Los Angeles, CA (Nov 4, 2014) Most women can make all the milk their baby needs, but some mothers turn to medications to help increase their supply. While some specialists encourage the off-label use of domperidone to stimulate breast milk production, some studies have suggested it may be related to negative side effects, including irregular heartbeat and sudden cardiac death. In a new article out today, researchers concluded that although domperidone can increase breast milk production, and there is no known risk to the babies who drink the milk, risks to women are still worrying. This review article was published today in Journal of Human Lactation, a SAGE journal.
In order to assess the efficiency and safety of domperidone, researchers Catherine Paul et al. analyzed both the limited studies available on maternal and infant exposure to the stimulant as well as larger studies focused on its use in gastrointestinal disorder treatment. The researchers found the following for those exposed to the drug:
- No adverse effects were observed in a limited sample of 85 infants and 60 treated mothers
- Breast milk production moderately improved after 3 daily dosages of 10-20 mg; however some institutions suggest doses as high as 120 or 160 mg.
- It increased the odds ratio for sudden cardiac death inpatients using more than 30 mg daily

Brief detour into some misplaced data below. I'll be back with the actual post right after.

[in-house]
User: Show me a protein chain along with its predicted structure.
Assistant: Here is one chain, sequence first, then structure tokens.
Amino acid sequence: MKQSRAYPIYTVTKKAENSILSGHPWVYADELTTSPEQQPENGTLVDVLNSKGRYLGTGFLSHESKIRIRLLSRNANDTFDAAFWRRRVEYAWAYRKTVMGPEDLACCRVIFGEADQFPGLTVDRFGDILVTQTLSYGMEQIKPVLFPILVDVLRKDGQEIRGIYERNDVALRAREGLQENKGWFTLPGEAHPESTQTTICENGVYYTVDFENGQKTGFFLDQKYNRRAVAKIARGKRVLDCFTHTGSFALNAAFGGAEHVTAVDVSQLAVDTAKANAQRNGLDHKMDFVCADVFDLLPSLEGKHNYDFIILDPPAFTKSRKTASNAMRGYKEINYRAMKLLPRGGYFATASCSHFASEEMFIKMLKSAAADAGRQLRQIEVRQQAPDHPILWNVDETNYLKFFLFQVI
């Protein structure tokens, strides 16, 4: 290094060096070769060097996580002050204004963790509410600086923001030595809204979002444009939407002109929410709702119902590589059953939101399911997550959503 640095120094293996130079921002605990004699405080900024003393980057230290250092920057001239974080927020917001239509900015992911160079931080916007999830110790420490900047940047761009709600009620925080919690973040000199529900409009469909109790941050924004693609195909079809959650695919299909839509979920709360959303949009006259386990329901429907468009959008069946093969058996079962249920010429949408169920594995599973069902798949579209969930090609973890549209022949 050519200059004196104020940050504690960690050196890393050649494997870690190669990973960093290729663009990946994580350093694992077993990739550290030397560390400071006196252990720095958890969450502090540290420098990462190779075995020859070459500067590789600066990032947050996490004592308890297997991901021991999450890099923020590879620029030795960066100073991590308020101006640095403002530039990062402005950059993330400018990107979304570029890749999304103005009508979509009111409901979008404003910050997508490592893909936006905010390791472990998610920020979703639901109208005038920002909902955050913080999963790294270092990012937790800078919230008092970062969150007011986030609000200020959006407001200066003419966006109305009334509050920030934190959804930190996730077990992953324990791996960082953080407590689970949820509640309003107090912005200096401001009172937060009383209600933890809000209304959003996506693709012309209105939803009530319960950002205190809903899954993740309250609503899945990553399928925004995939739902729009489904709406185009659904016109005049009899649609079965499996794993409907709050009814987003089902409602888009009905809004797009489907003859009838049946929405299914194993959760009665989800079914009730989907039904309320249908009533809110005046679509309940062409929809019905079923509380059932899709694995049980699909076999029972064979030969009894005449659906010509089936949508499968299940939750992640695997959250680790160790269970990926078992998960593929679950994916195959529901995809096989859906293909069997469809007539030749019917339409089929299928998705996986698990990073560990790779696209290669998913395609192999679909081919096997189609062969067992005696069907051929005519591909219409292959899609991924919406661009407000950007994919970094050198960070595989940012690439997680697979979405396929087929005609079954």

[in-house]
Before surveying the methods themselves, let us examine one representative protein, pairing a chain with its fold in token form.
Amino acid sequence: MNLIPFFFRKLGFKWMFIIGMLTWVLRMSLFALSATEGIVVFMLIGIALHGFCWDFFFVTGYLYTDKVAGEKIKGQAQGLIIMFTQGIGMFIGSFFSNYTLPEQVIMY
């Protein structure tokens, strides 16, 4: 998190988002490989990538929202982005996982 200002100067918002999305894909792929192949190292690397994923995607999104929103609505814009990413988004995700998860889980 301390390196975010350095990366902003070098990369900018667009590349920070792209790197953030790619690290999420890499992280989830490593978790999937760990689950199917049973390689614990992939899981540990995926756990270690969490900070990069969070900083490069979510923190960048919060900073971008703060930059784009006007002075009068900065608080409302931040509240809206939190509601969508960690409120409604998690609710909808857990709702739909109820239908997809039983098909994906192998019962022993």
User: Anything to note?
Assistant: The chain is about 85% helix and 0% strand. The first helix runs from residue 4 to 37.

As some women are highly susceptible to certain heart diseases, the researchers claimed the use of domperidone was especially worrisome: "In these circumstances, an improvement of breastfeeding practices seems to be more effective and safer than the use of an off-label domperidone treatment."
Find out more by reading the article, "Use of Domperidone as a Galactagogue Drug: A Systematic Review of the Benefit-Risk Ratio," in the Journal of Human Lactation. For an embargoed copy of the article, please email firstname.lastname@example.org.
Journal of Human Lactation (JHL) is a quarterly, peer-reviewed journal publishing original research, commentaries relating to human lactation and breastfeeding behavior, case reports relevant to the practicing lactation consultant and other health professionals who assist lactating mothers or their breastfeeding infants, debate on research methods for breastfeeding and lactation studies, and discussions of the business aspects of lactation consulting. http://jhl.
Impact Factor: 1.638 | Ranking:12/106 in Nursing | 41/77 in Obstetrics & Gynecology | 49/121 in Pediatrics
Source: 2012 Journal Citation Reports® (Thomson Reuters, 2013)
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